On the left: one PGCPSU DUO
On the right (bottom to top):
- a lithium charger based around a TP4056 and DW01A protection IC
- a "600mA 5V out step up" converter labeled HW-553 (we unsoldered the useless power LED drawing another 5mA btw)
- a step down converter adjusted to 3.3V out labeled MH-MINI-360
In terms of efficiency the PGCPSU is far ahead of the random module combo in every way. Especially on the low load end. The quiescent current of ~100uA vs 11.44mA is making the difference! This means that you could leave a PGCPSU attached to one of our lithium cells for over a year and it still would hold over half its charge after that. On the other hand, the battery would be fully depleted in under 10 days with the other combo. An that's doing "nothing".
At higher loads the difference is not that staggering and, in some constellations, the HW-553 can actually provide a few milliamps more current before dropping out.
As you can see, the PGCPSU has a much more stable voltage output over the full load range on both output rails. The unstable 5V out of the TP4056 combo in the cell voltage range below 3.2V were an issue for loads like the Raspberry PI Zero W which are more sensitive to supply voltage fluctuations.
Roughly twice the charge current, means that your devices will be topped up super quickly. Surely, at 2 Ampere the PGCPSU gets toasty, but competition does not stay cool in any way either.
To give you a feeling of the difference here's a time lapse video (over 4h in just 47s):
The PGCPSU generally has pretty good ripple and noise figures (measured with an oscilloscope, configured to 20Mhz bandwidth using a 1x probe). The cobbled-together boards show varied results. While the 3.3V rail is nice and clean, the 5V rail is falling far behind with noise ripple and noise rising to a worrying level above 100mA load.
The last test category is not in a chart: fault tolerance. The PGCPSU behaves as designed, recovering well from short circuit (even sustained - we tested 3h) on all rails. The TP4056+ combo behaved badly when shorting the 5V rail - requiring to un- & replug the battery in order to recover from the over-current protection. Oh, and we killed the protection IC on the TP4056 LiPo charger as well as the 5V step up converter during our reverse polarity test.
The conclusion here is: you're almost always better off with a PGCPSU! At least as long as you're happy with the possible current supply figures. But really 350mA/400mA across a full battery charge is plenty for battery powered things where you target long battery life!
What's that awesome 18650 cell?
It's a carefully selected 18650 battery with true 2600mAh capacity. It's made by a reputable Chinese cell manufacturer and we're using it in another product of ours. If you don't have a cell that can deal with nearly 2A charge current, we recommend you to get one. The KIT pledges include these.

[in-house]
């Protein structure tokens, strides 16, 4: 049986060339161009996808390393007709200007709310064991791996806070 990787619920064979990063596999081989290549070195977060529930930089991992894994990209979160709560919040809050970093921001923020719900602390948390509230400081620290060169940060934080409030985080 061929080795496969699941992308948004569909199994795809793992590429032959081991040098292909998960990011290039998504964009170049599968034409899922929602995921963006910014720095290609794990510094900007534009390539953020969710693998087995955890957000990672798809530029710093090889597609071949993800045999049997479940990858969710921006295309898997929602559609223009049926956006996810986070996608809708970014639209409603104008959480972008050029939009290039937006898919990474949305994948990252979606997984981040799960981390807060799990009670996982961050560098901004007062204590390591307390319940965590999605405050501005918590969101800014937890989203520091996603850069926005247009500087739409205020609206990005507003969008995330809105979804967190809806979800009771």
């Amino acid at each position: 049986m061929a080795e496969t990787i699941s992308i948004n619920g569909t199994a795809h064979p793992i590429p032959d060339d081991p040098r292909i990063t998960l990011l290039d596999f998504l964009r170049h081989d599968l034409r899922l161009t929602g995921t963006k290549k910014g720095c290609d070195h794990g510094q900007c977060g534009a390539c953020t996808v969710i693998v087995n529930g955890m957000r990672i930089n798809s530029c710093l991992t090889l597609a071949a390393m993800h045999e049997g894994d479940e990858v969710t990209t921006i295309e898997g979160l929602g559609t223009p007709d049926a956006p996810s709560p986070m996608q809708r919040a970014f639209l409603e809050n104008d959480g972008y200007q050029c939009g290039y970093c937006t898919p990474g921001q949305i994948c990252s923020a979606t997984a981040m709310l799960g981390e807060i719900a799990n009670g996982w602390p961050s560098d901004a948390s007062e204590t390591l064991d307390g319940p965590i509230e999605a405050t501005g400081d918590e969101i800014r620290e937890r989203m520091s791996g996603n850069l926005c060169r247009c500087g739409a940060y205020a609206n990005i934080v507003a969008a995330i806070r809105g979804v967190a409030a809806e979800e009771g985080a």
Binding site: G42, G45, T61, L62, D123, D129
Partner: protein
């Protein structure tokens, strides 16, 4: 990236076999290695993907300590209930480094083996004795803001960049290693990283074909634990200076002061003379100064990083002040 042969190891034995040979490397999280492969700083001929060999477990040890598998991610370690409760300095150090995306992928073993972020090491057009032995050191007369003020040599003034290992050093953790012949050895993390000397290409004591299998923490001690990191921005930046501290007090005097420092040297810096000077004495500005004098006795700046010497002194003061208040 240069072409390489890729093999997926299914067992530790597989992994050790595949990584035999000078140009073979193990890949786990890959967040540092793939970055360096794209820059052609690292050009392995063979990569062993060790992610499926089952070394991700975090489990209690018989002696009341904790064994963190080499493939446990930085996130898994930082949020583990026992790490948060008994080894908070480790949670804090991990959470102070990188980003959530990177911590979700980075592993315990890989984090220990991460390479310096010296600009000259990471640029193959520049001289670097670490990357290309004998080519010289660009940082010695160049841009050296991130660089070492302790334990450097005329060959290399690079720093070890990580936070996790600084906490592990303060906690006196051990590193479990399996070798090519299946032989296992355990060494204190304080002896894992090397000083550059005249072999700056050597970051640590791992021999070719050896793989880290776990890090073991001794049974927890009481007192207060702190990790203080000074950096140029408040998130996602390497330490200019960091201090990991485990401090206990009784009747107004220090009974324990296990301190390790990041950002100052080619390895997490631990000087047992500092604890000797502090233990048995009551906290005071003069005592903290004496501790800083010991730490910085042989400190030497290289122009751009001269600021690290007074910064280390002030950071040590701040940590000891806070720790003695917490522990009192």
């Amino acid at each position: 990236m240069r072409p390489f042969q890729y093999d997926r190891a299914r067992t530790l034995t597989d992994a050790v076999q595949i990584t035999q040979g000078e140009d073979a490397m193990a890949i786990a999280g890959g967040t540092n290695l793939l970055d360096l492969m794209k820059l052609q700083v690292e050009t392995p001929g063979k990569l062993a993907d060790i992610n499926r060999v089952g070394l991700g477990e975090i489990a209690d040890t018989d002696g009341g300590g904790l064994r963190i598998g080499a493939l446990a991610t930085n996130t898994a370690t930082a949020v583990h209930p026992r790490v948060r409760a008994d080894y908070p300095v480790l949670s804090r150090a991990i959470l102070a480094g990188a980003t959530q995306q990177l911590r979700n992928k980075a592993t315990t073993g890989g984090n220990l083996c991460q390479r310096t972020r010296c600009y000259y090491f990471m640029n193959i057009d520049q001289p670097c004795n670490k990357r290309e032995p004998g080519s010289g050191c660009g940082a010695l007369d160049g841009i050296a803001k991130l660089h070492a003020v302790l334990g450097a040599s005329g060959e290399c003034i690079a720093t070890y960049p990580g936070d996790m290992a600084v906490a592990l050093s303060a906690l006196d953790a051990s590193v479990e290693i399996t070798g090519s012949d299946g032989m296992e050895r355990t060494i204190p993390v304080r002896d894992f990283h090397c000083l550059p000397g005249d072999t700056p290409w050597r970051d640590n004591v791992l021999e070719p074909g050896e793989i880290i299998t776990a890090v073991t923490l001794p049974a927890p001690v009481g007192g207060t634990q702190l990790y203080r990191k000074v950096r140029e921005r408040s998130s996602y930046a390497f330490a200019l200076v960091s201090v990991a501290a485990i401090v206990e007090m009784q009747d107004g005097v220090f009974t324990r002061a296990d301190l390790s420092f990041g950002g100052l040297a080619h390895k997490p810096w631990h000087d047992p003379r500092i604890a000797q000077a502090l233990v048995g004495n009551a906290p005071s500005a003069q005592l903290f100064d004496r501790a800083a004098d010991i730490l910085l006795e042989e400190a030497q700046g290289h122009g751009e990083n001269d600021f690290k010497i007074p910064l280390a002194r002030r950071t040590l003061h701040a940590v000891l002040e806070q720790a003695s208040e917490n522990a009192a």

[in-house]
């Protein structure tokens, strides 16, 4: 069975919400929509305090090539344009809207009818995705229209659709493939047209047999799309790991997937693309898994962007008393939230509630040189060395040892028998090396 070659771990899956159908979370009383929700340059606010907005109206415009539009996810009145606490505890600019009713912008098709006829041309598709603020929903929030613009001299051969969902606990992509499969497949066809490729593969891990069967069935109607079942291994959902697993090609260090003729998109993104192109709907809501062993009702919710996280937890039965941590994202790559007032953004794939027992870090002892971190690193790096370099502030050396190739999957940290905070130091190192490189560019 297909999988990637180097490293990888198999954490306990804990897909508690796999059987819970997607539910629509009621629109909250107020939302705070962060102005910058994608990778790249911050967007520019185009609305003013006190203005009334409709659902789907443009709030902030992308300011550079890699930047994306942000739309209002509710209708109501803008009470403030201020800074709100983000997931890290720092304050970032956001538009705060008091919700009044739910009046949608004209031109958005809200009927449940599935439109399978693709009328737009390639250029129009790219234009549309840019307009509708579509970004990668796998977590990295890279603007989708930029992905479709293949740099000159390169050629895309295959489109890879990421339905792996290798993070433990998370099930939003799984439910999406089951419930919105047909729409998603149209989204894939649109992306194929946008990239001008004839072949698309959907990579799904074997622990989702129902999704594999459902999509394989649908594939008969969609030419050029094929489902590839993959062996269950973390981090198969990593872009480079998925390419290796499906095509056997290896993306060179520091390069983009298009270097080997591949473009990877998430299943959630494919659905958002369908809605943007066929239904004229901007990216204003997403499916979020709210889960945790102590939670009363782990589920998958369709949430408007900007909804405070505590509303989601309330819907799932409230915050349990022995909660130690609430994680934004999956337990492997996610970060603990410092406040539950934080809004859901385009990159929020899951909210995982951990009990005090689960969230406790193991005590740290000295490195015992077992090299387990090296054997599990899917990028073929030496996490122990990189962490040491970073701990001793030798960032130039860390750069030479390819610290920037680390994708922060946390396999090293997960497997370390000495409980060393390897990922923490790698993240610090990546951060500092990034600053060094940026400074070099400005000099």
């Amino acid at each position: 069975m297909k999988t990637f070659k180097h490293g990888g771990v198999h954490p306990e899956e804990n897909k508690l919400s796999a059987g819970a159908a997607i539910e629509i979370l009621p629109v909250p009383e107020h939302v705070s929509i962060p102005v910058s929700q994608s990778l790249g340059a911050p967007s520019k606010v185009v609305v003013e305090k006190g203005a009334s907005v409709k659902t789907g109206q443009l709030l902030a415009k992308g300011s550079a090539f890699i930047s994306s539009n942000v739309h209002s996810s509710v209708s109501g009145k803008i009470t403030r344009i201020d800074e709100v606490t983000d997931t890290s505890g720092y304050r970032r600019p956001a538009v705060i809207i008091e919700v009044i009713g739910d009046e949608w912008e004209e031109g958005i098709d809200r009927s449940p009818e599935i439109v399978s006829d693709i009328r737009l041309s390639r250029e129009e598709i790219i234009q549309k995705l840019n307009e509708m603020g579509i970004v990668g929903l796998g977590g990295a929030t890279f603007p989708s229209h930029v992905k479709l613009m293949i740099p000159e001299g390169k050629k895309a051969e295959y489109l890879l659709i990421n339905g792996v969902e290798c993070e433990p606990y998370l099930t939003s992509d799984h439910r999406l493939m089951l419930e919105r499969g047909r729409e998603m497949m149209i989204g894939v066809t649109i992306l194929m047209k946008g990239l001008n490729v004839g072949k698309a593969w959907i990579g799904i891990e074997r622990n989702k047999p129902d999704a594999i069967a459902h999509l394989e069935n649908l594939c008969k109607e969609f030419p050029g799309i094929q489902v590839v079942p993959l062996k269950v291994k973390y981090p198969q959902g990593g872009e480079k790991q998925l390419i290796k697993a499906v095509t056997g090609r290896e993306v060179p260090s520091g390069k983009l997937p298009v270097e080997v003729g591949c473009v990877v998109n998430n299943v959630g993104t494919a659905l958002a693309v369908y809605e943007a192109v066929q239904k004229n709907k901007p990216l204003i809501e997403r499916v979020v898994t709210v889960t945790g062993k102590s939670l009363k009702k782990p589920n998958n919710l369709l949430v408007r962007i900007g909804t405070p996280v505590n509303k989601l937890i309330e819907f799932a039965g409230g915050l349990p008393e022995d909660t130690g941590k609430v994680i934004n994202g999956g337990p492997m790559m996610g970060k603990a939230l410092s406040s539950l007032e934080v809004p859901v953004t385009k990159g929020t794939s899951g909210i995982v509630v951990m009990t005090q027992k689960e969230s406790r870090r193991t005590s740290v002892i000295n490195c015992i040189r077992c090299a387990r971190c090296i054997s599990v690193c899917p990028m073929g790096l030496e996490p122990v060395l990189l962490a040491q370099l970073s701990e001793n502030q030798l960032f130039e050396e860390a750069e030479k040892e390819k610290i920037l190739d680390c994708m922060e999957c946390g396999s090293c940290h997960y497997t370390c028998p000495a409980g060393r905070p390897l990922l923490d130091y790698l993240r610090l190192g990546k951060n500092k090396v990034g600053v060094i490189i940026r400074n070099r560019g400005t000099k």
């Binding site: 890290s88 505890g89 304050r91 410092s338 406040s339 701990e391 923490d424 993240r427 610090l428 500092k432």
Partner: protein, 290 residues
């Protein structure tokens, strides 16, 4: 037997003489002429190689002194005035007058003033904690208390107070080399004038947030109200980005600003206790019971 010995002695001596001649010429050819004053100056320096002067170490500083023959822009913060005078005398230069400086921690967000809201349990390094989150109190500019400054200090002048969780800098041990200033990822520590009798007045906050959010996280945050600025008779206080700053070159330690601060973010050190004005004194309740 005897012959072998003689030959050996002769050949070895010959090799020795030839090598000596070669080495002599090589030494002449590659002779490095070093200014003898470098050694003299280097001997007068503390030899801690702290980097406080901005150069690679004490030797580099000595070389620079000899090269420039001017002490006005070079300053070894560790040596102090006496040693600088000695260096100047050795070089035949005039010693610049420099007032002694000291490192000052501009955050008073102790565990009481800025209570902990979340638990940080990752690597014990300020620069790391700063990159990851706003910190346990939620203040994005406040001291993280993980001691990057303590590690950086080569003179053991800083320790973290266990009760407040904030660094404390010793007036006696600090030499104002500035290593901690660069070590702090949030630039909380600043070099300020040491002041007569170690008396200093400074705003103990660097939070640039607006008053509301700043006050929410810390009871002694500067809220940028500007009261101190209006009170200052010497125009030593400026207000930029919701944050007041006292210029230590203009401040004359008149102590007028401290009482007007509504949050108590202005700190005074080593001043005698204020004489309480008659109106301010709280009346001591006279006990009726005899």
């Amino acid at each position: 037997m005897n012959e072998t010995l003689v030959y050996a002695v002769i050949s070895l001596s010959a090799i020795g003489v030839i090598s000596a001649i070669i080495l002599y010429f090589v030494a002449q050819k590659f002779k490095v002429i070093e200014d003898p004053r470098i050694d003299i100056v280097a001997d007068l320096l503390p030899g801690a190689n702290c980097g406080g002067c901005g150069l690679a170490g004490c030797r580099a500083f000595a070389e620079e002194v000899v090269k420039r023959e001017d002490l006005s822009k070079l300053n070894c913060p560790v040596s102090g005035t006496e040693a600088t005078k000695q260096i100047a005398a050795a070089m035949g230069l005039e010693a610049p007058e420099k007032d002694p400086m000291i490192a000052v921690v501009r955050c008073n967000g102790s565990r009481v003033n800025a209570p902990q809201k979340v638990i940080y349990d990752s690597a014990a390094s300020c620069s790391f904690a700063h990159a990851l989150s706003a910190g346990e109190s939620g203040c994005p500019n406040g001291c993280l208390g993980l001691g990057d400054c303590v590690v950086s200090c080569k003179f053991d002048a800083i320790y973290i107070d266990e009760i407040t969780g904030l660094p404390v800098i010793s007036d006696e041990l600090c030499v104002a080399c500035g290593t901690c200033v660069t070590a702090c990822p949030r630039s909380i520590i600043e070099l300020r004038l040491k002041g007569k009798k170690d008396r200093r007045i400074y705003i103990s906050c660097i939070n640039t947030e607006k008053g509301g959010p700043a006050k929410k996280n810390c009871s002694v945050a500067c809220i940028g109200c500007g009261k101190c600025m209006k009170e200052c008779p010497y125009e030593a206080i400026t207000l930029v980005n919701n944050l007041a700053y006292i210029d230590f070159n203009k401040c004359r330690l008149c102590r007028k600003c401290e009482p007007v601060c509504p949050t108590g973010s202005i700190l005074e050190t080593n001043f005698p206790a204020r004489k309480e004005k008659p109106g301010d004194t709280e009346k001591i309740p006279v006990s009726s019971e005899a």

The cell has its own protection circuit, so even if you end up using it without our tiny PGCPSU, it has your back covered ;)
Things we still have to do
- a nice and polished datasheet
- buying parts and other supplies (packaging)
- build, pack and ship your rewards
- figure out a viable overseas shipping option for the Lithium batteries (no guarantee there :( )
- depending on the number of bakers: building a small pass/fail test rig to be able to sustain a 100% test rate
Things that are done
- Thoroughly test, measure, use and abuse the PGCPSU
- Panelize the PCB and program the pick and place machine
- Build a few boards (29 to date, some incomplete)
Staudt Technologies was founded in 2018 to manufacture and commercialize a small designer LED nightlight-type product. Among the many pieces of equipment we bought to that end was a mid-range pick and place machine, which was a totally new kind of production machinery to both founders. To keep the cost of the learning curve as low as possible we decided to spin a "quick'n'cheap" board to learn to program our P&P machine.
The PGCPSU is simply the second iteration of that board, where we crammed all the components as tightly together as possible to make it not only useful and good but also tiny!
The different circuit stages were borrowed from older projects, where we used them on their own. They were good then and together they make up for an excellent little power supply board in our opinion!
Risks and challenges
This is our first Kickstarter campaign, so we're learning that as we go. As with all projects, Murphy's law applies, so unexpected things may happen, and some delay may occur. But we're confident to be able to keep up with the indicated delivery times.
We're very confident about the hardware and the manufacturing process as - save for parts procurement - its fully in-house and well controlled. The bigger risk is getting the rewards shipped to you in fact. Shipping in the EU will be executed by Deutsche Post and DHL most probably as we already use them. We're currently sorting out the options for the rest of the world, with DHL being the preferred although sometimes expensive options.
On the parts sourcing side, we may hit some lead times with our battery supplier depending on the number of KIT orders. We always have a few hundred cells on stock, so we're probably safe, and we're talking weeks, not months there anyway.
In any case we will do our very best to avoid or mitigate surprises and always keeping you informed.Learn about accountability on Kickstarter
- (30 days)